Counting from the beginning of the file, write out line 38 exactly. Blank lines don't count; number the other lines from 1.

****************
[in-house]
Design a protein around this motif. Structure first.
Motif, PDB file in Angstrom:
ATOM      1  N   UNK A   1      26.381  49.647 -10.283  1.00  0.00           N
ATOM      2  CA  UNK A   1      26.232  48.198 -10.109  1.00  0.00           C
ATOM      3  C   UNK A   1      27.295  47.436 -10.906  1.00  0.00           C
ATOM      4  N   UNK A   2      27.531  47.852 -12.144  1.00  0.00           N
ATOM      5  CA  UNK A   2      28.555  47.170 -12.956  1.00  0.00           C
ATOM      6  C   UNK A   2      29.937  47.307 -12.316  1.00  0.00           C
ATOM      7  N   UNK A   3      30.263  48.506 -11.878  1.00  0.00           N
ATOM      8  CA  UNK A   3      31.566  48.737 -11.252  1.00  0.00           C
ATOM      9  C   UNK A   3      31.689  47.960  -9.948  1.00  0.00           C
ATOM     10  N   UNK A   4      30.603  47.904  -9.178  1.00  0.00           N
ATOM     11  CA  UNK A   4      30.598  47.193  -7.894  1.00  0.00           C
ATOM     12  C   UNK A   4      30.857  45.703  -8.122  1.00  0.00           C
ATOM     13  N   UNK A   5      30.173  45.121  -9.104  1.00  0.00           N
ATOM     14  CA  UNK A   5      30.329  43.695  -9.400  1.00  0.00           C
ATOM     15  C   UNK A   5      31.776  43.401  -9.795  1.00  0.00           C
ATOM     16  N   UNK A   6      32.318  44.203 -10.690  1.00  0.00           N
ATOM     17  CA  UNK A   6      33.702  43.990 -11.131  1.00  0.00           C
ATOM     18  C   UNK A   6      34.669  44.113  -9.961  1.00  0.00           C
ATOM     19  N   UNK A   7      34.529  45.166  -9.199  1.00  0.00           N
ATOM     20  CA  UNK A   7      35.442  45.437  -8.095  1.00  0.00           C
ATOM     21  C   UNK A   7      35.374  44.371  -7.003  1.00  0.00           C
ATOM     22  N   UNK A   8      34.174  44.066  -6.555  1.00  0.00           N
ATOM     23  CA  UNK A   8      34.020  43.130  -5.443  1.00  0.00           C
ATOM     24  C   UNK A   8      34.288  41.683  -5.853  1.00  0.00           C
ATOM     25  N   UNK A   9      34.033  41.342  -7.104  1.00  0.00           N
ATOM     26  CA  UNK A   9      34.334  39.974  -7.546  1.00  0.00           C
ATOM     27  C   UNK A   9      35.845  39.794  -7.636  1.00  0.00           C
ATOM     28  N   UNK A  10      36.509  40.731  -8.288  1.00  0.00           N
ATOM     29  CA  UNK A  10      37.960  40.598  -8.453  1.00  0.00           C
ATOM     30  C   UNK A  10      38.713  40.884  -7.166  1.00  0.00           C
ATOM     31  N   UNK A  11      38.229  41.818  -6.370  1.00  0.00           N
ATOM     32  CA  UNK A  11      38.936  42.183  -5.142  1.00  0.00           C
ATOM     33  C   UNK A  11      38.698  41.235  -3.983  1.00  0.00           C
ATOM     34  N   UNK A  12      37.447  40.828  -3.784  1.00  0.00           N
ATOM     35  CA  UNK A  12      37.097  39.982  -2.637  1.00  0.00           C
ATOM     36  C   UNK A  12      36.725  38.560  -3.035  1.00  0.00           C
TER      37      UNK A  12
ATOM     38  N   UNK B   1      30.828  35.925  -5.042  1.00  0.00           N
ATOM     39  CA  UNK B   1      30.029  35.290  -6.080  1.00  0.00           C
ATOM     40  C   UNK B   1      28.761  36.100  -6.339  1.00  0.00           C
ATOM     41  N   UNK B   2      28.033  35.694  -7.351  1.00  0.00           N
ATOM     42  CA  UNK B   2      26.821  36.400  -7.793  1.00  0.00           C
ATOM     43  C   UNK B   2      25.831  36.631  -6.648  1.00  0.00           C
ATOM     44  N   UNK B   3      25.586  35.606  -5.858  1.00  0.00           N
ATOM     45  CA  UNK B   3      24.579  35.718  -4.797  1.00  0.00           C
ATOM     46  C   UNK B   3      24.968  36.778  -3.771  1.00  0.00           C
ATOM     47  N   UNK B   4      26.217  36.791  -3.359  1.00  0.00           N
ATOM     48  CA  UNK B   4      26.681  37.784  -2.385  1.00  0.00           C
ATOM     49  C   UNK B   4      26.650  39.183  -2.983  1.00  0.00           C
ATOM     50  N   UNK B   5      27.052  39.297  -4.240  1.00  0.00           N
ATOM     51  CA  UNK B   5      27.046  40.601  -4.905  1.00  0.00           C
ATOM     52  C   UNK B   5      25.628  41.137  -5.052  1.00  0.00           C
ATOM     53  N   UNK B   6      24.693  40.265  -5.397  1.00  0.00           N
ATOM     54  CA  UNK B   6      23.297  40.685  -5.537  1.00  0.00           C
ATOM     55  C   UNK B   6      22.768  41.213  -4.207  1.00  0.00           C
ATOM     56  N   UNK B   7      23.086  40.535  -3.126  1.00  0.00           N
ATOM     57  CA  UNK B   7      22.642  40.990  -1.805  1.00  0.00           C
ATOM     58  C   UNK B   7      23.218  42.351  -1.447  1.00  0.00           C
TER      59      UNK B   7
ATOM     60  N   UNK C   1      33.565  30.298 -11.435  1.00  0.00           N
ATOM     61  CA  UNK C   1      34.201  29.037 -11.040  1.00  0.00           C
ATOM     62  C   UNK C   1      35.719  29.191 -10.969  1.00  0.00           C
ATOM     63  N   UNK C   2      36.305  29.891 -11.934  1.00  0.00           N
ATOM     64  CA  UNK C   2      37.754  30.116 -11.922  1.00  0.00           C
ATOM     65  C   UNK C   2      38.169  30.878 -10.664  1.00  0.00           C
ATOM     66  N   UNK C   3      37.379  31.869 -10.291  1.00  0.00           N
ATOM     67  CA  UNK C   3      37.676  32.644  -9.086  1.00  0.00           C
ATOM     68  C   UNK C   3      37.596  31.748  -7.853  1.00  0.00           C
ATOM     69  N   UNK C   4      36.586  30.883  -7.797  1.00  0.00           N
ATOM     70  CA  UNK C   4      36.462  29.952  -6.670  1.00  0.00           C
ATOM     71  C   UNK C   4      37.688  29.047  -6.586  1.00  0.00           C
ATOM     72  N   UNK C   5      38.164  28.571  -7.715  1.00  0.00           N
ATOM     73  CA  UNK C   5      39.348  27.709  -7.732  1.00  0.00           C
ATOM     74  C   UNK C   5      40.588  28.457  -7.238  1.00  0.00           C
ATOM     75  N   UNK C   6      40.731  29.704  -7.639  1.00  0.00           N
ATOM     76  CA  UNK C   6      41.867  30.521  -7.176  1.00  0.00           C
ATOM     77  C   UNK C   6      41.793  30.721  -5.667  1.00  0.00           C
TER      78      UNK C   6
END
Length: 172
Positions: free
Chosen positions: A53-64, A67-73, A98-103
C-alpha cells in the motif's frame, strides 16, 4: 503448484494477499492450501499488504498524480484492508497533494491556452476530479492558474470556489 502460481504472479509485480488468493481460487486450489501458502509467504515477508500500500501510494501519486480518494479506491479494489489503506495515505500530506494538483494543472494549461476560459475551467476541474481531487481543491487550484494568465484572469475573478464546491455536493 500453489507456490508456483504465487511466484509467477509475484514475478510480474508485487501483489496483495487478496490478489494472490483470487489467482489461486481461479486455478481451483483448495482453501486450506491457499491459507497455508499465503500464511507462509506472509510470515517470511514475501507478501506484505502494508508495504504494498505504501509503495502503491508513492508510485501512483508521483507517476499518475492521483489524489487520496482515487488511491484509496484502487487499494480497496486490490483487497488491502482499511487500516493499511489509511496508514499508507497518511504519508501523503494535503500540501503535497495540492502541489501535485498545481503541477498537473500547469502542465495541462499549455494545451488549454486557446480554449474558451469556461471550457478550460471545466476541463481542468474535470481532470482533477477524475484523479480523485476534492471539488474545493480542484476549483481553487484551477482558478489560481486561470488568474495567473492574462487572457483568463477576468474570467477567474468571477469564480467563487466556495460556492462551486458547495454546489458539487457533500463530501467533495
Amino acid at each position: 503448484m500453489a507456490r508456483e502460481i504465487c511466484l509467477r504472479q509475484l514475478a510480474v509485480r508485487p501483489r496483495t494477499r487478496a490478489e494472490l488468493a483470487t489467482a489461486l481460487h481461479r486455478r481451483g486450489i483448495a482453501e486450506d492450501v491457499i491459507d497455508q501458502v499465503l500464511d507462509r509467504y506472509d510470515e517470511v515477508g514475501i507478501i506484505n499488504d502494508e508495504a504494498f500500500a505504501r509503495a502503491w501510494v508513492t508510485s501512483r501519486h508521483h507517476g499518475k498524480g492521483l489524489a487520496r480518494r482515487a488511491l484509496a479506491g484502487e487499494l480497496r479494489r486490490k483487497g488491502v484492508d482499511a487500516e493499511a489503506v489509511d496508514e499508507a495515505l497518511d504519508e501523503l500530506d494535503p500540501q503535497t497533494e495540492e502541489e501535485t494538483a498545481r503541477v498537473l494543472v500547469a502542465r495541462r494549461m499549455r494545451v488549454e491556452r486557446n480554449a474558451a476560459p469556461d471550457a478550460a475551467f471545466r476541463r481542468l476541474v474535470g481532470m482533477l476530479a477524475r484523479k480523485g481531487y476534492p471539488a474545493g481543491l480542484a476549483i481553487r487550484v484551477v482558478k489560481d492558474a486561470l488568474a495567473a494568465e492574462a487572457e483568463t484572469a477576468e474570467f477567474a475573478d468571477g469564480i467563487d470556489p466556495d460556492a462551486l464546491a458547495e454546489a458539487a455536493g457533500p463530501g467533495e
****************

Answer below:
ATOM     35  CA  UNK A  12      37.097  39.982  -2.637  1.00  0.00           C